Three Rural Innovation Initiative Participants Selected to Receive Highly Competitive U.S. Economic Development Administration Regional Innovation Strategies i6 Challenge Grants
Federal Grants and Matching Dollars Represent a Combined $5.3 Million New Investment in Rural Innovation Hubs
Rural Innovation Strategies, Inc. (RISI), today congratulated three communities on securing i6 Challenge grants via the U.S. Economic Development Administration (EDA) Regional Innovation Strategies program. The three successful grant applications came from:
- Red Wing Ignite in Red Wing, Minnesota;
- 20Fathoms in Traverse City, Michigan; and
- Codefi and the Marquette Tech District Foundation in Cape Girardeau, Missouri.
All three communities participated in the inaugural cohort of the Rural Innovation Initiative, a technical assistance program supporting rural communities working to create digital economy jobs with an innovation hub strategy. The Rural Innovation Initiative is made possible via a National Technical Assistance cooperative agreement between RISI and the EDA.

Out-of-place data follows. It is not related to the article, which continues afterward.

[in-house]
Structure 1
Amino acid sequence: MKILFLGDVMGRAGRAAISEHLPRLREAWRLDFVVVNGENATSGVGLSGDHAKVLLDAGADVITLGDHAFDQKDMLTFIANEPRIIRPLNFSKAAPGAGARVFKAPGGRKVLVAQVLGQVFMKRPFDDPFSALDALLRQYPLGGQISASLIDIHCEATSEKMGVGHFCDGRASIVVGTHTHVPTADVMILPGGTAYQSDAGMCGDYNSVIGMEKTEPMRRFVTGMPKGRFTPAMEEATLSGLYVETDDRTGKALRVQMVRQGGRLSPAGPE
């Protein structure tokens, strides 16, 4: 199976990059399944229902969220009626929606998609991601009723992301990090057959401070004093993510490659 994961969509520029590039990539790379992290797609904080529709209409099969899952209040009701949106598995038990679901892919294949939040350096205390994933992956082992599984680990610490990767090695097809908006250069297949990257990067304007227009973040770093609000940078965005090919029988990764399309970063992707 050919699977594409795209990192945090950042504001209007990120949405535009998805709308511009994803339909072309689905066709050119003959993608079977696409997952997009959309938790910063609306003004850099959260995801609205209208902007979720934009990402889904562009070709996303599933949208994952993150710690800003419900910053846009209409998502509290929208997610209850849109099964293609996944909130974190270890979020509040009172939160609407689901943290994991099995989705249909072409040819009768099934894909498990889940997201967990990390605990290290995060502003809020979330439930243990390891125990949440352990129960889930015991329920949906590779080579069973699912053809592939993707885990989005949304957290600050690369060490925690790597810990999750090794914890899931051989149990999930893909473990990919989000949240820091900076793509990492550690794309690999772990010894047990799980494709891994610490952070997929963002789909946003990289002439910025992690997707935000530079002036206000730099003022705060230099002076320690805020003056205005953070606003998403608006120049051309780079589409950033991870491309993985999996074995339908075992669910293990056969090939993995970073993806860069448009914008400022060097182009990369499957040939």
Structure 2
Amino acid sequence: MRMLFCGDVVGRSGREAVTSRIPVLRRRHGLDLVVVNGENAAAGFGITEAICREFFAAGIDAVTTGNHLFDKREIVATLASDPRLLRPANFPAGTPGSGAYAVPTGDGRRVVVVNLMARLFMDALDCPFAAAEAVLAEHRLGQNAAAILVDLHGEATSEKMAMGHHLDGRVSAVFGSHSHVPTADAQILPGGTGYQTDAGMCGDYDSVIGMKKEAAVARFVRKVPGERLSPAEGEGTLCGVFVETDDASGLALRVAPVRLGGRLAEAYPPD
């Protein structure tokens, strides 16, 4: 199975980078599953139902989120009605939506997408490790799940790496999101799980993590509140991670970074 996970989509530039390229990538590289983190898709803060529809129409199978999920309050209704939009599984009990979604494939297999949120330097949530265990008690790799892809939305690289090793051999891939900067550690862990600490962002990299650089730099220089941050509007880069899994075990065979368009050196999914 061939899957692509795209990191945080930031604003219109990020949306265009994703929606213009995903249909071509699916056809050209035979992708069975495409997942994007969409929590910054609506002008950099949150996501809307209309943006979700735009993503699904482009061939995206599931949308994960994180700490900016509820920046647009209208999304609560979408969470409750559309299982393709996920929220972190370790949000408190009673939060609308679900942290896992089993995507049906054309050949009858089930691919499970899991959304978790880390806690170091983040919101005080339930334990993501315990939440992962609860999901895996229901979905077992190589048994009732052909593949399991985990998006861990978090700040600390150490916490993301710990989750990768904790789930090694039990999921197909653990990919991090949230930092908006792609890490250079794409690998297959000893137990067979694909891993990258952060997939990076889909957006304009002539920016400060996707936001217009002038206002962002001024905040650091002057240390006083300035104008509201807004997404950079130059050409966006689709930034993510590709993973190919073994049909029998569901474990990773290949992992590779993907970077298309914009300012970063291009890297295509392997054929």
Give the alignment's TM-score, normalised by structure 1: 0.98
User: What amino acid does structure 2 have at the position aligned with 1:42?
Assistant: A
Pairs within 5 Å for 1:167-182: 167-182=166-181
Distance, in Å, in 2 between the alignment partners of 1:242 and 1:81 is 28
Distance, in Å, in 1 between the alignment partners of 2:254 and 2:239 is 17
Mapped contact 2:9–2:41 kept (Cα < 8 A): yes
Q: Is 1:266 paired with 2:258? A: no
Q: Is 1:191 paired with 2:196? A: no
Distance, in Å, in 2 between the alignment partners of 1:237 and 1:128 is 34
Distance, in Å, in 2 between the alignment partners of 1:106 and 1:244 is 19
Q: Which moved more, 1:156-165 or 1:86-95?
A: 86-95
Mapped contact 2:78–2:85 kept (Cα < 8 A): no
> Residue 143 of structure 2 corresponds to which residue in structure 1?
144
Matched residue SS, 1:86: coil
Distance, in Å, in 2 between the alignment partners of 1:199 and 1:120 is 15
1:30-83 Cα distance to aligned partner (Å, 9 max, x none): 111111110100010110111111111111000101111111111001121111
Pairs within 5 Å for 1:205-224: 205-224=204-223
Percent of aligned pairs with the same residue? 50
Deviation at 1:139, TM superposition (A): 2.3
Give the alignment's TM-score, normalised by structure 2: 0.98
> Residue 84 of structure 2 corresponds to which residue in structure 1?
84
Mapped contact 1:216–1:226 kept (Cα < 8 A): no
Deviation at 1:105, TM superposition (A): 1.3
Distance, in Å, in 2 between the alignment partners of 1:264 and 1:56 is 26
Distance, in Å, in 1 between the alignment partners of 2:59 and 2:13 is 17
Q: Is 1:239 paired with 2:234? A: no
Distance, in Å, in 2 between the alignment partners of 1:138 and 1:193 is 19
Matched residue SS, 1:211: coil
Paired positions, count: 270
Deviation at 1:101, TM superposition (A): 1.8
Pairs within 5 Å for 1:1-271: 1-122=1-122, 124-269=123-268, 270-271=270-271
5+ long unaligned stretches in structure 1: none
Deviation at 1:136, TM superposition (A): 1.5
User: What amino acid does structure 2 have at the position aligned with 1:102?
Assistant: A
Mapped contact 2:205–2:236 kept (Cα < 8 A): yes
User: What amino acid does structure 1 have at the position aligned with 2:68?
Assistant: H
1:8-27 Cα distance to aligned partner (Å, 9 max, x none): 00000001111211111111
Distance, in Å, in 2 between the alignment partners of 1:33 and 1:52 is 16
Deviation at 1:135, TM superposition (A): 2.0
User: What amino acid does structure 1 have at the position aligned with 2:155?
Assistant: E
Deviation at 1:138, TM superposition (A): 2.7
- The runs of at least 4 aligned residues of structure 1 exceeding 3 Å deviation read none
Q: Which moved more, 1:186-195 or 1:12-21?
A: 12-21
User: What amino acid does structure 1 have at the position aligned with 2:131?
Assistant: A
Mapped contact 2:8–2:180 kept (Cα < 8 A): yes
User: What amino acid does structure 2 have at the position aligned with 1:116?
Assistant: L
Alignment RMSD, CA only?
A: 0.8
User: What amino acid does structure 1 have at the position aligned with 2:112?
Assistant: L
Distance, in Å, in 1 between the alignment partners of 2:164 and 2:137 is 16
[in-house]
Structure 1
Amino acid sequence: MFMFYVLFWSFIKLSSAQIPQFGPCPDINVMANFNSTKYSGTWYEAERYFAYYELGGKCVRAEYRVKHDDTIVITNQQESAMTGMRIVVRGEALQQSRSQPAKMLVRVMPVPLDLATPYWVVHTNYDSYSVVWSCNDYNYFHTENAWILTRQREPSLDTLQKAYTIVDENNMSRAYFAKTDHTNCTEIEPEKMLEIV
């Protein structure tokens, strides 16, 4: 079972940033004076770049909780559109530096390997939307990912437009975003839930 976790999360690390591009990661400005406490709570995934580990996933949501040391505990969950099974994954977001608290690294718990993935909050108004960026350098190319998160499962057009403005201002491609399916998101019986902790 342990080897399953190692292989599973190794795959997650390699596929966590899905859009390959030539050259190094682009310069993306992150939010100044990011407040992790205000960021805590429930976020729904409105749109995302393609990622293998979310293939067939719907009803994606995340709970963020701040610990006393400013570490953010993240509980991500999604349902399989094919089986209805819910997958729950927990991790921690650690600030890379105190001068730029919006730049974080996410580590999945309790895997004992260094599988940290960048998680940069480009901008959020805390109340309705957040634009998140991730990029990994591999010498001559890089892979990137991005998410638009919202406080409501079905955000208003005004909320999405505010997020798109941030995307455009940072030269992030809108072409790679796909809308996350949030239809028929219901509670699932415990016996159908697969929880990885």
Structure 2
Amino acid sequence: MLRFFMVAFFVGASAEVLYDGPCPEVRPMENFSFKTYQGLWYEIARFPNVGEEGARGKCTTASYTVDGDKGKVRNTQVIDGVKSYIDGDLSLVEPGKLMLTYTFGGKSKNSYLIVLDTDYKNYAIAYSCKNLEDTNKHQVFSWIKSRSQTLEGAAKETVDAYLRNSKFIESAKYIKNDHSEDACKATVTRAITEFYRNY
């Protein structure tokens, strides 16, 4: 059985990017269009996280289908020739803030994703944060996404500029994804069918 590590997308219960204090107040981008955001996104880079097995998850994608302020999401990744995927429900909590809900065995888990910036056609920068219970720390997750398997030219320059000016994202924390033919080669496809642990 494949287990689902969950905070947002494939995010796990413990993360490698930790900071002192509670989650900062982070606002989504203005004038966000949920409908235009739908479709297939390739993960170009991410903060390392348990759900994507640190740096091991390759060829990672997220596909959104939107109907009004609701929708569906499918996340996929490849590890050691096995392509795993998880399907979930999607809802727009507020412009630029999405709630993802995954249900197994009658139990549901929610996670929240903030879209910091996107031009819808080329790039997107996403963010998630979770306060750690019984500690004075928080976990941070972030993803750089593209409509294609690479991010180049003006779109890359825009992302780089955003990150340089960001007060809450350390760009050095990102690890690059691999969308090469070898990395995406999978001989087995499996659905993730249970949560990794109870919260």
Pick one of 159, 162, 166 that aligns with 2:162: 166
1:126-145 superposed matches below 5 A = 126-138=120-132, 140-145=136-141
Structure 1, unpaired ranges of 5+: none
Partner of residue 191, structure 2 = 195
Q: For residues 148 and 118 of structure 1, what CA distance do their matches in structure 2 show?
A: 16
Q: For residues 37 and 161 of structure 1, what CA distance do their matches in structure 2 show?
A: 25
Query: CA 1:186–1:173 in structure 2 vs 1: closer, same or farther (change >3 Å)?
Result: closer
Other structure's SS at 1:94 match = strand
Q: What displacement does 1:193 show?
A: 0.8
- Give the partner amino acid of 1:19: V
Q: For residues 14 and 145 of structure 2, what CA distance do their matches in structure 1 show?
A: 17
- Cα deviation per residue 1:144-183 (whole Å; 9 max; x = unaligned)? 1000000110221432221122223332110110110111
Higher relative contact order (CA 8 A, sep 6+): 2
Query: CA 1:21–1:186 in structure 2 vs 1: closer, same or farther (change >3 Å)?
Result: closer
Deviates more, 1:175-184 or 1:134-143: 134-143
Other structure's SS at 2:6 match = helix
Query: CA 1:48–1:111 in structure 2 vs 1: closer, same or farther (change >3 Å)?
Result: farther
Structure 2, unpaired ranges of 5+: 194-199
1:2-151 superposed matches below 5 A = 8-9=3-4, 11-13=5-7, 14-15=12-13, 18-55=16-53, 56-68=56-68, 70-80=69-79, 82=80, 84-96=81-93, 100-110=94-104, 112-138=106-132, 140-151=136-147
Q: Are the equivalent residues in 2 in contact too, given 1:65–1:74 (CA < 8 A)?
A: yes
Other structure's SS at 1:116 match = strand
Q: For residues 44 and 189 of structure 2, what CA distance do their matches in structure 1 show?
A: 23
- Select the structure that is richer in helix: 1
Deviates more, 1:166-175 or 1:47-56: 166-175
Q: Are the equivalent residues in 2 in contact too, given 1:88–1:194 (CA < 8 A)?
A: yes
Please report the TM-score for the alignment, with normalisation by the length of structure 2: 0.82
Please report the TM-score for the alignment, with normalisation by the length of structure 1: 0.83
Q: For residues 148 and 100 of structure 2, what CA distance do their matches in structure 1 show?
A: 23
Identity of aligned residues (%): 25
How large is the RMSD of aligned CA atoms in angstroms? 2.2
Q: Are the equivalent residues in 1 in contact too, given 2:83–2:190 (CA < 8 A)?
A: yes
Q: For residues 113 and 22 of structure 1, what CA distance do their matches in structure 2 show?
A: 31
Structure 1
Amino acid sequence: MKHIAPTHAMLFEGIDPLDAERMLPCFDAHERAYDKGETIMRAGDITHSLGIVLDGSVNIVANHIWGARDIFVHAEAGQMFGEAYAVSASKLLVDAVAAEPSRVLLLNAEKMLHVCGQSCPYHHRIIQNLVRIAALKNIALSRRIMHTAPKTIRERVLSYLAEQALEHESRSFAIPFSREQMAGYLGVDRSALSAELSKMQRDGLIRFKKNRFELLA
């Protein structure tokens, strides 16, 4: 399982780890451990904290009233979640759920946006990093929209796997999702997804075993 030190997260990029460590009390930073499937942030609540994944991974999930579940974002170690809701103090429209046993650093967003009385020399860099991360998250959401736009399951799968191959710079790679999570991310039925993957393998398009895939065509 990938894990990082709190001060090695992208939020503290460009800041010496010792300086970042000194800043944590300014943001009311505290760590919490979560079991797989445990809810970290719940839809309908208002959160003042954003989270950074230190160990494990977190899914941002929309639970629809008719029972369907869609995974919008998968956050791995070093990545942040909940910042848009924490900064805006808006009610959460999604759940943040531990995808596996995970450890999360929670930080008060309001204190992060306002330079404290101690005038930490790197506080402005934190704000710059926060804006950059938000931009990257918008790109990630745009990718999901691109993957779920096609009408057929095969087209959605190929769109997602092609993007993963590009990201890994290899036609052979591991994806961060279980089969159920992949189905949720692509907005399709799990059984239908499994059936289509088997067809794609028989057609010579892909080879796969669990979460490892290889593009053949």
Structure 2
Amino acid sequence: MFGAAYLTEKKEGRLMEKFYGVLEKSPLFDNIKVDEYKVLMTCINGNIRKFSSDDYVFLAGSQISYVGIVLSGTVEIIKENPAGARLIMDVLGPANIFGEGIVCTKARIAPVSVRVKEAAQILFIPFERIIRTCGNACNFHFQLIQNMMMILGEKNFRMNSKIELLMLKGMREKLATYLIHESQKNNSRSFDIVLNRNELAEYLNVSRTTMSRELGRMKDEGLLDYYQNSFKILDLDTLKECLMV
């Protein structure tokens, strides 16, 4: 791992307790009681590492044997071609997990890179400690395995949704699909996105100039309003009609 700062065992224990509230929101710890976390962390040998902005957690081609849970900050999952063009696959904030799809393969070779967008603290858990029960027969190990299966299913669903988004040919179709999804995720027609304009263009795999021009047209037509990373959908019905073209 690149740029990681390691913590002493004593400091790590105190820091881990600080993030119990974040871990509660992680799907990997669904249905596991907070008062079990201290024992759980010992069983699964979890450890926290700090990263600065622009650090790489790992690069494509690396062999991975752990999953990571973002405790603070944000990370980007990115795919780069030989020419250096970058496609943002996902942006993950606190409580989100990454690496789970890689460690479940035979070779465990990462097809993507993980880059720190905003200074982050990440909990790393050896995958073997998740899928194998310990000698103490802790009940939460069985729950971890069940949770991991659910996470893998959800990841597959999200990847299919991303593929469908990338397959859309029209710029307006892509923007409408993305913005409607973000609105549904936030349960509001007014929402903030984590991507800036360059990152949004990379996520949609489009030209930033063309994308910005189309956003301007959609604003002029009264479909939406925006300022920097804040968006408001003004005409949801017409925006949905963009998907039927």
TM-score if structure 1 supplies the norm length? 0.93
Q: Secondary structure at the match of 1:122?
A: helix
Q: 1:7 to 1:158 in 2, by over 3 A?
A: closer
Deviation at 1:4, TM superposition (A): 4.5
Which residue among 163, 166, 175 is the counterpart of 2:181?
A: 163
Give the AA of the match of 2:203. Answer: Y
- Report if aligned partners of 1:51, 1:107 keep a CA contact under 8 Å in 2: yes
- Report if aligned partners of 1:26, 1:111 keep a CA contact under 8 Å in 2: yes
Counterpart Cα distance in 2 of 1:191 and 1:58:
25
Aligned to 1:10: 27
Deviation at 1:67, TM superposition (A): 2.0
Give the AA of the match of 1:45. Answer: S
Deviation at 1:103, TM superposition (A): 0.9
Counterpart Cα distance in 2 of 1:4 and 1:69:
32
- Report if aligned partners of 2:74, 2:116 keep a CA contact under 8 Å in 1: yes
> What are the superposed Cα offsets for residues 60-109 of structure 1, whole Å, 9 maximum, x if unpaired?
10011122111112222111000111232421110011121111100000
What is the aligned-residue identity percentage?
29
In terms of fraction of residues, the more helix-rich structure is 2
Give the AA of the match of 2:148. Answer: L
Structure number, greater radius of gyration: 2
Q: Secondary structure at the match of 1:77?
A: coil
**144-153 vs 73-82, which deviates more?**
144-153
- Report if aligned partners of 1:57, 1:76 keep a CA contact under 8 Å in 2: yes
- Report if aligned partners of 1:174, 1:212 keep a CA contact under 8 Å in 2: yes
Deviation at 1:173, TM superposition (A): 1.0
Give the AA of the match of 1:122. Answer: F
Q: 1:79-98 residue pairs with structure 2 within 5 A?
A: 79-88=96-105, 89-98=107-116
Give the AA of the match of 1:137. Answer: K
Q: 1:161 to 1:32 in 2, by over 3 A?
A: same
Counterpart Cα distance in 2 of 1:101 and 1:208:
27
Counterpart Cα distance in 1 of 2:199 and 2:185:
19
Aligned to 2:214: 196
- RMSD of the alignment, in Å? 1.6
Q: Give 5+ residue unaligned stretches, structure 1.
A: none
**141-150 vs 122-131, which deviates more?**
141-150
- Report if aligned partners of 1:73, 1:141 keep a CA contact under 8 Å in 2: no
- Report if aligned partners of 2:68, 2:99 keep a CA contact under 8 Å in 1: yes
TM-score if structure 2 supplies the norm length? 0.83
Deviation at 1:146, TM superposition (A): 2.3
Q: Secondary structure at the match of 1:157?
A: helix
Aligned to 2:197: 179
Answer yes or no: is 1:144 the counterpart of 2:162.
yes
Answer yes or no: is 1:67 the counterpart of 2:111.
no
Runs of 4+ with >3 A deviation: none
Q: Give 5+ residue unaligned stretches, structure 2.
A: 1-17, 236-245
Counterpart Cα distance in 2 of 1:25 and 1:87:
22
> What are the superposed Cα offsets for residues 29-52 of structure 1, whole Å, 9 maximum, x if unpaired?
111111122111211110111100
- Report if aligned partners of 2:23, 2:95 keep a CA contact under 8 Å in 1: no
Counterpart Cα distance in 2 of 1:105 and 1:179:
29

“We are thrilled that three Rural Innovation Initiative partner communities were chosen to receive i6 Challenge grants this year,” said Matt Dunne, Executive Director of RISI. “The i6 Challenge is a significant opportunity for rural communities, but smaller organizations have struggled to compete with urban or university-based applications. The Rural Innovation Initiative works to level the playing field and make the i6 more accessible to rural communities that are motivated to create innovation economy opportunities.”
“In 2018 the Regional Innovation Strategies grant portfolio crossed a major milestone, with grantees reporting over $1 billion in total follow on investment into the businesses and startups they support all over America. These three new additions to the program prove that exciting economic activity truly is happening everywhere, and businesses can start and scale in all corners of America,” said Craig Buerstatte, Acting Director of the U.S. EDA Office of Innovation and Entrepreneurship.